Siemens patched two vulnerabilities in products commonly found in industrial control system setups this week. If exploited the flaws could allow an attacker to perform administrative actions or gain read access to sensitive data on affected systems.
Siemens patched one issue (.PDF) on Tuesday and the other on Thursday (.PDF) this week. ICS-CERT, the Department of Homeland Security’s Industrial Control Systems Cyber Emergency Response Team, warned of the flaws on Friday.
The more concerning of the two vulnerabilities garnered a CVSS v3 rating of 9.8 – usually considered critical – and affected versions of the company’s SIMATIC CP equipment. Simatic CPs, or Communication Processors, connect process controllers like Siemens’ SIMATIC S7-400 CPUs to the industrial ethernet. The equipment is usually found in processing plants, environments with packing machines, textile machines, and general manufacturing facilities.
The Berlin-based company is warning an unauthenticated remote attacker could carry out administrative actions due to an improper authentication bug in the CP. The company didn’t get too deep into details around the bug but said it existed in the CP’s Redundant Network Access, or RNA series modules. “If Port 102/TCP is available and the configuration file for the CP is stored on the RNA’s CPU,” according to warning.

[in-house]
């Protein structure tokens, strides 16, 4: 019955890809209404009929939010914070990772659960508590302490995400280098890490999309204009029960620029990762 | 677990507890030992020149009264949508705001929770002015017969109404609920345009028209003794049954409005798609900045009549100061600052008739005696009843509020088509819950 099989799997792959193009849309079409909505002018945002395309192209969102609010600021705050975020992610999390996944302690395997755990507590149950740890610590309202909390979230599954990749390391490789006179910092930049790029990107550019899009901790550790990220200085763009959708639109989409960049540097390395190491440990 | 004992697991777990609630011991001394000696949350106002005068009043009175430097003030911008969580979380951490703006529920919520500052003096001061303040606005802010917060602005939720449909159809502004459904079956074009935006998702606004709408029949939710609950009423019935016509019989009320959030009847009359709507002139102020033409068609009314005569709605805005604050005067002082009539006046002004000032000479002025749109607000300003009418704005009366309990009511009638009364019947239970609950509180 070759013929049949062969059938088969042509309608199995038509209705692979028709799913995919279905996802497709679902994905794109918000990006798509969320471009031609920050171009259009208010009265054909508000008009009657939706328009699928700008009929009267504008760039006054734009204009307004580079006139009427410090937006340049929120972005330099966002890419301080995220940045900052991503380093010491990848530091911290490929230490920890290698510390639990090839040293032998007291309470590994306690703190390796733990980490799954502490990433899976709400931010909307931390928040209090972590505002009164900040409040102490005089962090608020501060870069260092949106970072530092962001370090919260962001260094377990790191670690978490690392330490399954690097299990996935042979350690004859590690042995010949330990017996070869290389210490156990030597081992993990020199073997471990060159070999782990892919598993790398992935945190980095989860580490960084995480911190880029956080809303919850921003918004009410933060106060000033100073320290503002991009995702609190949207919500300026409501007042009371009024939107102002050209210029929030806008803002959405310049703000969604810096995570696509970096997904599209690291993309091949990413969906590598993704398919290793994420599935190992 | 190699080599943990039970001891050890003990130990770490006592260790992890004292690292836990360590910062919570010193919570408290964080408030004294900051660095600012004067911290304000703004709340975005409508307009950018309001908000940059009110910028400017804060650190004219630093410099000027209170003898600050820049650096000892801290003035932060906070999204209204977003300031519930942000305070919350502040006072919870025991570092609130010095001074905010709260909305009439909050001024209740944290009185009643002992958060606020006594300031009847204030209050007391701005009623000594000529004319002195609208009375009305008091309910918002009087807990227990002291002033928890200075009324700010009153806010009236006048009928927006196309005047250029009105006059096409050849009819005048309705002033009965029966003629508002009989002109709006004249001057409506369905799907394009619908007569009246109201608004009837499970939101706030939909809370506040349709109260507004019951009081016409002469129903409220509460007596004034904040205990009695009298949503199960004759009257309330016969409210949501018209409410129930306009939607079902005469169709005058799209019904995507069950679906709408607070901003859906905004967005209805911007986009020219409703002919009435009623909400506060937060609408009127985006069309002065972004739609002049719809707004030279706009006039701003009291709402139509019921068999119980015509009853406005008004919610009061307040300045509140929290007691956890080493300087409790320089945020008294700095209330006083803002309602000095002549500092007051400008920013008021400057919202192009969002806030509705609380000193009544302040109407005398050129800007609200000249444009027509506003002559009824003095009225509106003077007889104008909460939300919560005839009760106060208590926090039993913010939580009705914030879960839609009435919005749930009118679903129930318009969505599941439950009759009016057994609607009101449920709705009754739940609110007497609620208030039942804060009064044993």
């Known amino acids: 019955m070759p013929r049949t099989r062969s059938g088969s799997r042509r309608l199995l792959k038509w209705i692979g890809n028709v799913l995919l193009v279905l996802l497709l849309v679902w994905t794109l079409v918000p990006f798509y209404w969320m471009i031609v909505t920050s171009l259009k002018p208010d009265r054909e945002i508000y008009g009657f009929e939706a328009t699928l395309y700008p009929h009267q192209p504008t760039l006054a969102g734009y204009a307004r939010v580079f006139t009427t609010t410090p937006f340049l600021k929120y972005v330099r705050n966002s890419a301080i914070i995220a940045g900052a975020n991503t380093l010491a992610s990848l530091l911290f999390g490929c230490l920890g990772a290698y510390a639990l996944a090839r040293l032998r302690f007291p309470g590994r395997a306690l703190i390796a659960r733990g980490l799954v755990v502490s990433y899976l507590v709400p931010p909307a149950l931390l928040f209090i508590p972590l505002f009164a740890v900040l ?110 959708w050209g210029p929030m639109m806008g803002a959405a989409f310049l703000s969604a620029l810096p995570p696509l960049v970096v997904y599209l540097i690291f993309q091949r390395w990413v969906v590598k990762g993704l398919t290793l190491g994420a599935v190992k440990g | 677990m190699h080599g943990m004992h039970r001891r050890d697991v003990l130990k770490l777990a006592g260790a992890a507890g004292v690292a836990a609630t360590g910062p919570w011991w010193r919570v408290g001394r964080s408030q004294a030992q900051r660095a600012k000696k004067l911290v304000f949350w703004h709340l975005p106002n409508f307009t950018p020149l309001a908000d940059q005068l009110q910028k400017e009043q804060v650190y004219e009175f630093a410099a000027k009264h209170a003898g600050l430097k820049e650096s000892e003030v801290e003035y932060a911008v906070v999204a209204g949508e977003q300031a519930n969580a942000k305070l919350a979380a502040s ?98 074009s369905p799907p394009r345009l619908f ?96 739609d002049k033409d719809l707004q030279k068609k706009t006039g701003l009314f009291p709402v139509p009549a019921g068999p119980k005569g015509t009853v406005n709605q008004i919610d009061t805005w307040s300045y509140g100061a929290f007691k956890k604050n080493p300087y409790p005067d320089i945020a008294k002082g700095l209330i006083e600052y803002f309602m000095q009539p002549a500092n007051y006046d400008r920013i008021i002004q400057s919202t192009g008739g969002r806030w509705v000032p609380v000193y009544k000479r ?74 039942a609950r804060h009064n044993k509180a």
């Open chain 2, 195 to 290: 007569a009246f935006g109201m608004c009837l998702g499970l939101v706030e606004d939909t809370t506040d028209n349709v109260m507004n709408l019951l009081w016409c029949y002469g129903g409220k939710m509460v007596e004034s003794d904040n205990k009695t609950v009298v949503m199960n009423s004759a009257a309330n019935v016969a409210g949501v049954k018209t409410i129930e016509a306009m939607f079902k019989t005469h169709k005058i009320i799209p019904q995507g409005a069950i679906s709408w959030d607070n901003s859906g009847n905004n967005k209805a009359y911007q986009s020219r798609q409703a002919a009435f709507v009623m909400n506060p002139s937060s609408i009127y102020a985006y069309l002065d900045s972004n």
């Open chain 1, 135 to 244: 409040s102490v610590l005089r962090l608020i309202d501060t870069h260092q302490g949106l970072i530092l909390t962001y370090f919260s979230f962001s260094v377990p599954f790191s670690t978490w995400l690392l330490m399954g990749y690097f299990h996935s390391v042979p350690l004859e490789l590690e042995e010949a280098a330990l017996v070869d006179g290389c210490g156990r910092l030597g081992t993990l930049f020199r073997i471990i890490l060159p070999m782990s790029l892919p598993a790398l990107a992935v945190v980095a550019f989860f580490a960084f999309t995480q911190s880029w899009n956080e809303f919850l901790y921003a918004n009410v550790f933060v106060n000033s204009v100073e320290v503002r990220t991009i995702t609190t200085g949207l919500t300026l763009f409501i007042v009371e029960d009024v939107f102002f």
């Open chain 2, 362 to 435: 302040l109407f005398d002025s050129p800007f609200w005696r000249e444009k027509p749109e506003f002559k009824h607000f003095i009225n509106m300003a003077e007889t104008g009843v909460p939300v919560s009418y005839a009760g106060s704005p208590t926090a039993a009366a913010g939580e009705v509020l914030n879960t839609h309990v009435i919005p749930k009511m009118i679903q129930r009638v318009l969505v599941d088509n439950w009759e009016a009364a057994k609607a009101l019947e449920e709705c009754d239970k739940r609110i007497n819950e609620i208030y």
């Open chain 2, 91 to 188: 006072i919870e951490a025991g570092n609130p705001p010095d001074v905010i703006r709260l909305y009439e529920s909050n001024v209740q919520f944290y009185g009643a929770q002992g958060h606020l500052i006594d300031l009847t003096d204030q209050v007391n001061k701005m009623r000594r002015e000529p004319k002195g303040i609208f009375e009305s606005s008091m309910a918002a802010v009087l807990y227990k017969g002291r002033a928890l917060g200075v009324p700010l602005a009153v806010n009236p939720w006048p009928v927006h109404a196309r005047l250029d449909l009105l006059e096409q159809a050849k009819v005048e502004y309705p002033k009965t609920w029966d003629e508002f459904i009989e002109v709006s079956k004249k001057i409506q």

All CP 44x-1 RNA versions prior to 1.4.1 – the firmware update Siemens pushed on Tuesday to resolve the flaw – are vulnerable, Siemens cautions.
Siemens also addressed an improper access control vulnerability in XHQ this week. Companies use XHQ, Siemens Operations Intelligence software, to aggregate operational and business data.
Until the vulnerability is fixed by users, a remote user can gain read access to data in XHQ, something that would exceed prescribed permission levels, Siemens says.
Siemens pushed two updates, XHQ V188.8.131.52  and XHQ V184.108.40.206  to fix the issue on Thursday. Any users running versions earlier than V220.127.116.11 and V18.104.22.168 are affected, the company’s security advisory reads.